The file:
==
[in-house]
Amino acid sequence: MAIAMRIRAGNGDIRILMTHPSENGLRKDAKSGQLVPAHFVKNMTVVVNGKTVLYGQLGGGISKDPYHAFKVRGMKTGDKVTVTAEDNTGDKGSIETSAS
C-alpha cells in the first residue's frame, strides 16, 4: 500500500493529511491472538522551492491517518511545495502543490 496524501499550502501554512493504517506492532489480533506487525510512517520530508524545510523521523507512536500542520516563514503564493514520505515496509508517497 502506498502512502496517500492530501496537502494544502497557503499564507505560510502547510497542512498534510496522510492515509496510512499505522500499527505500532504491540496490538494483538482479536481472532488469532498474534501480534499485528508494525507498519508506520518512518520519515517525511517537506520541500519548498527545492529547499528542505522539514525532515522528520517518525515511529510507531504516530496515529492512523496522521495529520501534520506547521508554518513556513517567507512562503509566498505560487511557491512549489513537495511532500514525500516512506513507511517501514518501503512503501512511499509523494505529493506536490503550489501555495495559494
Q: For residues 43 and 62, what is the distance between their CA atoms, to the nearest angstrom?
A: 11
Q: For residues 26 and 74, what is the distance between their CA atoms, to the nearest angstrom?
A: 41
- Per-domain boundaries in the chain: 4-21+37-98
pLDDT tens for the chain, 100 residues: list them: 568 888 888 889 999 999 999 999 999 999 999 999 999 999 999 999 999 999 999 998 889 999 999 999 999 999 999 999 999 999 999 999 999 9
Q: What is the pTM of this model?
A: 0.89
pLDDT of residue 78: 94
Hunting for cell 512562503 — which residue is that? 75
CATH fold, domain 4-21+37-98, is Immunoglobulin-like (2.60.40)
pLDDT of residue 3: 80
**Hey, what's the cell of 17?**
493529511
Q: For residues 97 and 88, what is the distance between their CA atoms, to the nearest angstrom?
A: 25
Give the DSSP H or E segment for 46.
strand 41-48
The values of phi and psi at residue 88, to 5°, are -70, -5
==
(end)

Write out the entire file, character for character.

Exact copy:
[in-house]
Amino acid sequence: MAIAMRIRAGNGDIRILMTHPSENGLRKDAKSGQLVPAHFVKNMTVVVNGKTVLYGQLGGGISKDPYHAFKVRGMKTGDKVTVTAEDNTGDKGSIETSAS
C-alpha cells in the first residue's frame, strides 16, 4: 500500500493529511491472538522551492491517518511545495502543490 496524501499550502501554512493504517506492532489480533506487525510512517520530508524545510523521523507512536500542520516563514503564493514520505515496509508517497 502506498502512502496517500492530501496537502494544502497557503499564507505560510502547510497542512498534510496522510492515509496510512499505522500499527505500532504491540496490538494483538482479536481472532488469532498474534501480534499485528508494525507498519508506520518512518520519515517525511517537506520541500519548498527545492529547499528542505522539514525532515522528520517518525515511529510507531504516530496515529492512523496522521495529520501534520506547521508554518513556513517567507512562503509566498505560487511557491512549489513537495511532500514525500516512506513507511517501514518501503512503501512511499509523494505529493506536490503550489501555495495559494
Q: For residues 43 and 62, what is the distance between their CA atoms, to the nearest angstrom?
A: 11
Q: For residues 26 and 74, what is the distance between their CA atoms, to the nearest angstrom?
A: 41
- Per-domain boundaries in the chain: 4-21+37-98
pLDDT tens for the chain, 100 residues: list them: 568 888 888 889 999 999 999 999 999 999 999 999 999 999 999 999 999 999 999 998 889 999 999 999 999 999 999 999 999 999 999 999 999 9
Q: What is the pTM of this model?
A: 0.89
pLDDT of residue 78: 94
Hunting for cell 512562503 — which residue is that? 75
CATH fold, domain 4-21+37-98, is Immunoglobulin-like (2.60.40)
pLDDT of residue 3: 80
**Hey, what's the cell of 17?**
493529511
Q: For residues 97 and 88, what is the distance between their CA atoms, to the nearest angstrom?
A: 25
Give the DSSP H or E segment for 46.
strand 41-48
The values of phi and psi at residue 88, to 5°, are -70, -5